The second central bank currency market intervention in as many months sent the US dollar soaring and gold reeling overnight as market players rushed for various entry and exit doors to take advantage of the overt move. The selling of yen by the BoJ represented the third such event this year and it follows a fresh postwar high (at 75.35 vs. the USD) that the Japanese currency had reached just last week. The August intervention involved the selling of 4.5 trillion yen and it was the largest in seven years.
Last night’s maneuver resulted in the greenback reaching a three-month high against the yen. The massive unilateral (as opposed to what the SNB and other central banks did in early September) pressured the yen some 4% lower during the wee hours and saw gold lose about 2%. Japanese Finance Minister Jun Azumi demonstrated that he had gotten the message from his country’s numerous frustrated exporters and that battling speculators was the order of the day in order to rectify part of the situation.
Slumping exports are just about the last thing Japan can afford in the wake of the March 11 natural disaster. Exporters of the world’s third largest economy are thought to be able to remain profitable at yen levels only near ¥86 vis a vis the greenback, or lower. As such, there are analysts who do not see last night’s intervention as having been the last one just yet.
The yellow metal came to within striking distance ($4) of falling through the $1,700 level but managed to (thus far) hold above it. As regards the dollar’s gains, well, it certainly recovered lost ground on the trade-weighted index (climbing more than 1.25%) and against the yen of course. The euro did not cede the $1.40 level just yet, however, there was a general feeling among market participants that the post-EU meeting euphoria seen late last week consisted mainly of optimistic “fumes” and that Europe still has to slog through quite a mess on its road to a state of credit repair.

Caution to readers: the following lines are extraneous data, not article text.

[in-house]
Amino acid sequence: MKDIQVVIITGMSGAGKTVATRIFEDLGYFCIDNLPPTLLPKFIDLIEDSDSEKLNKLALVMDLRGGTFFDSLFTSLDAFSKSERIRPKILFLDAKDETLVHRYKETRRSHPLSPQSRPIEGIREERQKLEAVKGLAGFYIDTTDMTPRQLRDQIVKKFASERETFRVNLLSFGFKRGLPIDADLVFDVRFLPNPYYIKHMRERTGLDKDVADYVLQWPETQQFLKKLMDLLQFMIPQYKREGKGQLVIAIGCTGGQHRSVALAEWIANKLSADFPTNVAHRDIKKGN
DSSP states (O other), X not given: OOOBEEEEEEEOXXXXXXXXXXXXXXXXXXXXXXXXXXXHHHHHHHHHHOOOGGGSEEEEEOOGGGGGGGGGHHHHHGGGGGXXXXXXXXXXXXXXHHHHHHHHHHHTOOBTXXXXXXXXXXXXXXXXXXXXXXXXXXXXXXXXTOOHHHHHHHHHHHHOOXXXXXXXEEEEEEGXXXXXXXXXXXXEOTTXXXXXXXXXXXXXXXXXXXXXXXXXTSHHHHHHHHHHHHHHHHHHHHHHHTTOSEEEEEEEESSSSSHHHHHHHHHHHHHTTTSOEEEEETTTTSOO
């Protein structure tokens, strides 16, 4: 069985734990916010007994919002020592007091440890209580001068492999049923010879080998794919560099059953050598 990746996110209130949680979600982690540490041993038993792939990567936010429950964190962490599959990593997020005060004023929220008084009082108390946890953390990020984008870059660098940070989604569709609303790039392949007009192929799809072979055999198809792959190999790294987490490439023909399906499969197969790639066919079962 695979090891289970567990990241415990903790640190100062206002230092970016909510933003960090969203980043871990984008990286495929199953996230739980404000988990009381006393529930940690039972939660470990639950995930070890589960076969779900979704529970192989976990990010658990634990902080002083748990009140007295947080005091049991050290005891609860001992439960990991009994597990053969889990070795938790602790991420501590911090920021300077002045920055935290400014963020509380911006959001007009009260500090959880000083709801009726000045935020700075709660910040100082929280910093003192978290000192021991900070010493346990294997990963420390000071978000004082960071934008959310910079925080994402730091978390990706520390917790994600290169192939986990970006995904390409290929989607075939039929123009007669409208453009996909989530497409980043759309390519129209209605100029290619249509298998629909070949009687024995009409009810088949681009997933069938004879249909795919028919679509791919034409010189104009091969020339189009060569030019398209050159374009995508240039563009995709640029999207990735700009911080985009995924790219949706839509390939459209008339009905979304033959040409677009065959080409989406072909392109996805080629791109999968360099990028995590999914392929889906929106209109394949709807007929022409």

To wit, the focus has already shifted to Italy among Eurozone watchers as Monday dawned. Over in Italy, failed lounge singer and would-be modern-day Casanova, Signore Berlusconi, remained Trump-like ego-filled as he defiantly asserted that “only I and my government can achieve the reform program” [imposed upon them by Ms. Merkel & Co. recently] and that thus “there is no way for me to stand aside.” A Bloomberg editorial goes one step further and opines that, anyway, Europe may have just blown its last chance to finally put an end to the seemingly interminable debt crisis.
New York spot dealings opened notably lower than the levels that Friday’s mild profit-taking had brought about. This morning’s starting bids came in at $1,720 (down $24) in gold and at $34.33 (down 96 cents) in silver. There was a fairly massive, (larger than 360 tonnes’ worth) “leakage” from silver ETFs in the latest market positioning reports that we parsed.
The notable loss in the metal’s balances apparently reflects doubts on silver’s current value among ETF players and a perception that last week’s rally was overcooked. The Value View Gold Report Trading Thoughts latest issue feels that gold’s perceived ‘solid floor’ at $1,600 is not really all that solid and that the $1,500 zone represents a more meaningful test of support for bullion. VWGR’s Ned Schmidt also opines that silver’s latest rally was another case of “overdoing” by speculators.